Sunday New York Times reports on BYU-Idaho's medicaid controversy

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REXBURG – Brigham Young University-Idaho’s controversial plans to force students to buy private or university health care insurance is being reported nationwide.

The Sunday New York Times included a story about the situation with a headline stating, “University to Students on Medicaid: Buy Private Coverage or Drop Out.”

The publication reported how students currently relying on Medicaid are considering dropping out of school because of the added cost. It interviewed Emily and Kullen Langston who planned on enrolling at BYU-Idaho in the winter. The couple is facing a $3,125 annual premium to comply with the university’s new requirements. As a result of the change in BYU-Idaho’s health care plan policy, Emily Langston plans to drop out of school. It wasn’t clear what her husband planned to do.

“I’m disappointed that they’re showing prejudice against those of us who are poor right now,” Ms. Langston said. “I’m disappointed that I’m not going to be able to finish school.”

The story of BYU-Idaho’s change in health care policy has also been reported in the Charlotte Observer in North Carolina and closer to home in the Idaho Statesman and the Salt Lake Tribune. A petition has also been created on in hopes of getting enough signatures to change the university’s policy. So far 11,813 of the hoped for 15,000 have signed the petition.

The publication noted that BYU-Idaho sent an e-mail to its 19,000 students about the change last week and that students were angry and confused.

“The university warned that having too many students sign up for the public program ‘would be impractical for the local medical community,’ an assertion a local hospital official rejects,” wrote the New York Times.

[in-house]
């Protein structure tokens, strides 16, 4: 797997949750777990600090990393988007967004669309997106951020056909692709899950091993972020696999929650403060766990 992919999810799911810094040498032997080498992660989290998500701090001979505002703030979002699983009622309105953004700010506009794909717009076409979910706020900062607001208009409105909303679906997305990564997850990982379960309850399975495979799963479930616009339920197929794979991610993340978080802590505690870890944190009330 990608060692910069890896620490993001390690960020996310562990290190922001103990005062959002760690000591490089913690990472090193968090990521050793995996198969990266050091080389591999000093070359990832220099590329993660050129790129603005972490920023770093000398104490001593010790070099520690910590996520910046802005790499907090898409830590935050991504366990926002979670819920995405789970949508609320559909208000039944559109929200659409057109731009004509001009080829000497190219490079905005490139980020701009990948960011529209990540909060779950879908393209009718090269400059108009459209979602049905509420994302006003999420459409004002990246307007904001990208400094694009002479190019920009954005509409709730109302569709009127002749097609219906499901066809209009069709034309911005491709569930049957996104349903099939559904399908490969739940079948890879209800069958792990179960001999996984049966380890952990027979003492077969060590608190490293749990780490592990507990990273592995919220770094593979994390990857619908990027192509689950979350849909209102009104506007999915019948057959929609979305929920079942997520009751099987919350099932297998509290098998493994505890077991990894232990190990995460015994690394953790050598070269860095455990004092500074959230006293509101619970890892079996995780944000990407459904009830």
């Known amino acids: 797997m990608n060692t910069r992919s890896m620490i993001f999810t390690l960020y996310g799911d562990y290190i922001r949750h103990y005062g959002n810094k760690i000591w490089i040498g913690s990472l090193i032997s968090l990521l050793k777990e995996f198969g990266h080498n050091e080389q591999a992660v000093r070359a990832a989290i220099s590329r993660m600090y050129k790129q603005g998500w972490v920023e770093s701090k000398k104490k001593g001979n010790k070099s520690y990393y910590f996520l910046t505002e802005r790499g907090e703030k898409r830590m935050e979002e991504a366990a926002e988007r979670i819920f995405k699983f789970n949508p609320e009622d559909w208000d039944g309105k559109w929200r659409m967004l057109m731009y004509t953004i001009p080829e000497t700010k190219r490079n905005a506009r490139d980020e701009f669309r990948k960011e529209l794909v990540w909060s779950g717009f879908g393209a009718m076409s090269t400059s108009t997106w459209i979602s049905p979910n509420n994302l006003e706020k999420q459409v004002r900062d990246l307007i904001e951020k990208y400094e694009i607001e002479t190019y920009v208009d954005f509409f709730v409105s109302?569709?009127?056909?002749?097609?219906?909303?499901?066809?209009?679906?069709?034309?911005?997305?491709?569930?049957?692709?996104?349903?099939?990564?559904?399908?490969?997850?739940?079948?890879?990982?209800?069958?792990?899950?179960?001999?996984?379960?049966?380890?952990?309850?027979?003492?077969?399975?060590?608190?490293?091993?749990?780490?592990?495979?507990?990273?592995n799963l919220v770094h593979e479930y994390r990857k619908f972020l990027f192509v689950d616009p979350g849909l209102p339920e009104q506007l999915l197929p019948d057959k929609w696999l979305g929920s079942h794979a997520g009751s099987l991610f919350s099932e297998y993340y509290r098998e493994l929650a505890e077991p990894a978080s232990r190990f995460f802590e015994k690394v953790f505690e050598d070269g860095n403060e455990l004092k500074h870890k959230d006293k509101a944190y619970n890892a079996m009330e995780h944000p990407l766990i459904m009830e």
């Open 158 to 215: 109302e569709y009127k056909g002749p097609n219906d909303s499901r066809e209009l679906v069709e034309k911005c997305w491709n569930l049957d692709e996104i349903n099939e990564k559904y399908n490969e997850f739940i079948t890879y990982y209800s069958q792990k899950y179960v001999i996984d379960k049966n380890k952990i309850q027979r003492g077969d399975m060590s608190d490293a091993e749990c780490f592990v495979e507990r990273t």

Last week, Madison Memorial Hospital spokesman Doug McBride told the Standard Journal that the hospital had not expressed concern over acquiring more Medicaid patients, and that Madison County has a strong medical community ready to handle the county’s needs.

Complete Family Care family nurse practitioner, Nichole Jeppeson, said she wasn’t worried about treating more Medicaid patients.

“It can increase our business,” she said. “We currently take Medicaid patients, and we have enough providers to meet the needs of an increasing population and the Medicaid expansion.”

The New York Times reported that the university’s health care change takes effect January 1, and about the same time that an additional 70,000 low-income Idaho residents would be enveloped into the Medicaid system. The publication reported that an estimated 2,400 more people in Madison County, would sign up for the program thanks to the expansion. It wasn't known how many of those 2,400 were students or how many students at BYU-Idaho were on Medicaid.

BYU-Idaho students may still apply for and use Medicaid coverage, but to stay in school, they’ll also have buy other health insurance. The other BYU campuses in Provo and Hawaii still allow students to use Medicaid as their required health insurance to stay in school.

BYU-Idaho remains mum on its decision and has asked that its student media not report on the issue.

For more information on the New York Times article visit